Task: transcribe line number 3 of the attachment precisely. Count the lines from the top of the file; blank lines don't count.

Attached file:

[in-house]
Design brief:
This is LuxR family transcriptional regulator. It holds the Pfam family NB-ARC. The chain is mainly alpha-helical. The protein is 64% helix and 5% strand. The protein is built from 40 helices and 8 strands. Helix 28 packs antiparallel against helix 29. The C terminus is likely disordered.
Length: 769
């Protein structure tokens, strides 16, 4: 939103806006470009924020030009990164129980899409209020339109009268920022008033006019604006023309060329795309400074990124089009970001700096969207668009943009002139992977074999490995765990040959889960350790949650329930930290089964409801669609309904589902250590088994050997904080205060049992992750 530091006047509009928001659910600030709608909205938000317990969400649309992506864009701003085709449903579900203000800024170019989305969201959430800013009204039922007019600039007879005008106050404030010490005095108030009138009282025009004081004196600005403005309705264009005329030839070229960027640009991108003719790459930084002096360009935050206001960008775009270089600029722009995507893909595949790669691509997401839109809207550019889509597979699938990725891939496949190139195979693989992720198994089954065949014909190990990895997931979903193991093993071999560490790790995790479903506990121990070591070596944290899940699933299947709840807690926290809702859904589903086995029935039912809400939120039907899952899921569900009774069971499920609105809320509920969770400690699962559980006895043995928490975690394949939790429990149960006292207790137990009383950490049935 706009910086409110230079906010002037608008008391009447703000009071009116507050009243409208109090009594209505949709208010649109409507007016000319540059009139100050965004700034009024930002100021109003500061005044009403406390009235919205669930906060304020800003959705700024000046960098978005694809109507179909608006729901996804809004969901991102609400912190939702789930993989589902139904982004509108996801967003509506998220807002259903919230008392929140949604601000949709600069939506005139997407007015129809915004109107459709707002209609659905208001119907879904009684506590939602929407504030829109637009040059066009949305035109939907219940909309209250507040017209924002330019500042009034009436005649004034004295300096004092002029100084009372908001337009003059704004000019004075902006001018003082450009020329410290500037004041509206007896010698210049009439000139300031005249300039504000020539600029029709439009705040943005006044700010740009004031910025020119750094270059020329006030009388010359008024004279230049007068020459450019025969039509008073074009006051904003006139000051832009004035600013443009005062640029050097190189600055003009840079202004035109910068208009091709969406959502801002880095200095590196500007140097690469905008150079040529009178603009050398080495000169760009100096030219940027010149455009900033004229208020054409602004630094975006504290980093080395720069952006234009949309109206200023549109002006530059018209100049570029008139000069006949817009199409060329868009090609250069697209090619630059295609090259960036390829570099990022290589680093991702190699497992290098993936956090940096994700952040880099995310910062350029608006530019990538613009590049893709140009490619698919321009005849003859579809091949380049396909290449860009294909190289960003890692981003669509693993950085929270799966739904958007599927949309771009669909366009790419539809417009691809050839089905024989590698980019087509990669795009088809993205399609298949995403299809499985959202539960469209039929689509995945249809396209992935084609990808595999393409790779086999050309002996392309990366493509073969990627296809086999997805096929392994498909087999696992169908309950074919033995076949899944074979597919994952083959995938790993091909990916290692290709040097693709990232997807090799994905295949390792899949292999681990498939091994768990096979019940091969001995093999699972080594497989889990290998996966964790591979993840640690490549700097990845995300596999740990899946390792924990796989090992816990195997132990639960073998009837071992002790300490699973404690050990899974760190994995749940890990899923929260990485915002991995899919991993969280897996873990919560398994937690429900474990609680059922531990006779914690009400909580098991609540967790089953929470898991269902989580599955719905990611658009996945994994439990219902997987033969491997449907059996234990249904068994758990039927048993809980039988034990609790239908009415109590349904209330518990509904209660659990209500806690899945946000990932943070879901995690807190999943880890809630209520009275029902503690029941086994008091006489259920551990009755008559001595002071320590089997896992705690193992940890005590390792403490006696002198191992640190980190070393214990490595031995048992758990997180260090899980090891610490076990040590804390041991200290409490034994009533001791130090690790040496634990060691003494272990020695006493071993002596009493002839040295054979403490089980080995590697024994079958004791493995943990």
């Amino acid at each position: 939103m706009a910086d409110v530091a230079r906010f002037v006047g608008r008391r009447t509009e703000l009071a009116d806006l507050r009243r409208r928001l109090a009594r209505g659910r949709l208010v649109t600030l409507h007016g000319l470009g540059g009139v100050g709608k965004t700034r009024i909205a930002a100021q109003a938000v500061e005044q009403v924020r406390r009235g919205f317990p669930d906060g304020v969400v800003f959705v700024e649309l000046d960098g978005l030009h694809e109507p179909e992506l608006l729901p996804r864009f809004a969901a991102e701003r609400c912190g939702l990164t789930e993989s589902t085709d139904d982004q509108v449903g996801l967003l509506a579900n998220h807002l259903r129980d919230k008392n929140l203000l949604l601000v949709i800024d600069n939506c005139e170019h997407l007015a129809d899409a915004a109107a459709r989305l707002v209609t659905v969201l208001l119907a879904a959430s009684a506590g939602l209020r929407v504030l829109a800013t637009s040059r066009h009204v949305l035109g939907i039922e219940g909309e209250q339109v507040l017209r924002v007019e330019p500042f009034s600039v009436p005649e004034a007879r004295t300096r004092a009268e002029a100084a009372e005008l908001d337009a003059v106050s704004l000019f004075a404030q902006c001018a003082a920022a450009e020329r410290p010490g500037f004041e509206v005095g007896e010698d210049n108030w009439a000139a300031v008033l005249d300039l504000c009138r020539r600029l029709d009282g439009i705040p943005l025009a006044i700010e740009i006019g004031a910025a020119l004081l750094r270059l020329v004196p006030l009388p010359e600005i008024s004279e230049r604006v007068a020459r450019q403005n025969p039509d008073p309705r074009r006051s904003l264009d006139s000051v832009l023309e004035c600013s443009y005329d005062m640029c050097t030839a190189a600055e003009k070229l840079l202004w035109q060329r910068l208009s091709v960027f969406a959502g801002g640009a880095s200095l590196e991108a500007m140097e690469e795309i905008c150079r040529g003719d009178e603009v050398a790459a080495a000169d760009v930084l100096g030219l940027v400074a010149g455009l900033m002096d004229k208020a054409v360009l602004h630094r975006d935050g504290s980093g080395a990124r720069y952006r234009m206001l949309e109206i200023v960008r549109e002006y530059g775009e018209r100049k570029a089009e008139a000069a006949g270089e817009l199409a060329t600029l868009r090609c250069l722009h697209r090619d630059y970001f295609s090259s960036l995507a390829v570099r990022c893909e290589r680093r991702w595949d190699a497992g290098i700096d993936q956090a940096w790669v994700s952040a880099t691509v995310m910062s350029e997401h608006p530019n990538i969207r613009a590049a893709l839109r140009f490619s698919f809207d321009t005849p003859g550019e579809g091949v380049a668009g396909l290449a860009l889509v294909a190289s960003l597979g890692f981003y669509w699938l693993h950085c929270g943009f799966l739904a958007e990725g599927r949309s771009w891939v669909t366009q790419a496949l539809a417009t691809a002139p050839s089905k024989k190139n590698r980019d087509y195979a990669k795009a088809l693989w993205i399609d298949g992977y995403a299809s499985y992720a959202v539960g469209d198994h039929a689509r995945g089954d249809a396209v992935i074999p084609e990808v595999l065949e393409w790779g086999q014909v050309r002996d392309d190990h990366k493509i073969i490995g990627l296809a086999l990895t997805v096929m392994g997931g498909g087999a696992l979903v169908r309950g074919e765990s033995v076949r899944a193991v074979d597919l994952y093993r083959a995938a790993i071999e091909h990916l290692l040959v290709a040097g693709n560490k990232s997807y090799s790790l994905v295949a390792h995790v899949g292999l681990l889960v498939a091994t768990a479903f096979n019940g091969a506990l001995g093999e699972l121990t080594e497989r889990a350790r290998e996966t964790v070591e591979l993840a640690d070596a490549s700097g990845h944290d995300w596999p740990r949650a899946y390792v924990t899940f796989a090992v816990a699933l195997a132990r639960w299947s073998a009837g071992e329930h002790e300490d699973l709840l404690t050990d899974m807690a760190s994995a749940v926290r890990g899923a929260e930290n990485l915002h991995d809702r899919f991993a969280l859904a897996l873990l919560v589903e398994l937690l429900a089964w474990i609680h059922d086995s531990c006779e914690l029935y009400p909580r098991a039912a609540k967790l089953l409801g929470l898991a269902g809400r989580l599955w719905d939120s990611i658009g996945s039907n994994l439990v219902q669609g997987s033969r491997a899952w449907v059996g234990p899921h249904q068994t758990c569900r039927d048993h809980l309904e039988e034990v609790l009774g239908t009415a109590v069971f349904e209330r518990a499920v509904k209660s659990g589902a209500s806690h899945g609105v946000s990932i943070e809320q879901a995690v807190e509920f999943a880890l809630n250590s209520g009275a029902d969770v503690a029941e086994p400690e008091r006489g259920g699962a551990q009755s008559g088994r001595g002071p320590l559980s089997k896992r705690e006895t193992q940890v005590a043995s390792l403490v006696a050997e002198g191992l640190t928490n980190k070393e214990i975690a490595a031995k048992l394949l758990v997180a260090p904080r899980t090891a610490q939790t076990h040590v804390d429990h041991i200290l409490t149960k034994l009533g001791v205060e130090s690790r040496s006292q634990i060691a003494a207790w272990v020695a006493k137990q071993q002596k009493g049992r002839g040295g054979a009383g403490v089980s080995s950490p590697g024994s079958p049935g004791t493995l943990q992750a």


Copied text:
This is LuxR family transcriptional regulator. It holds the Pfam family NB-ARC. The chain is mainly alpha-helical. The protein is 64% helix and 5% strand. The protein is built from 40 helices and 8 strands. Helix 28 packs antiparallel against helix 29. The C terminus is likely disordered.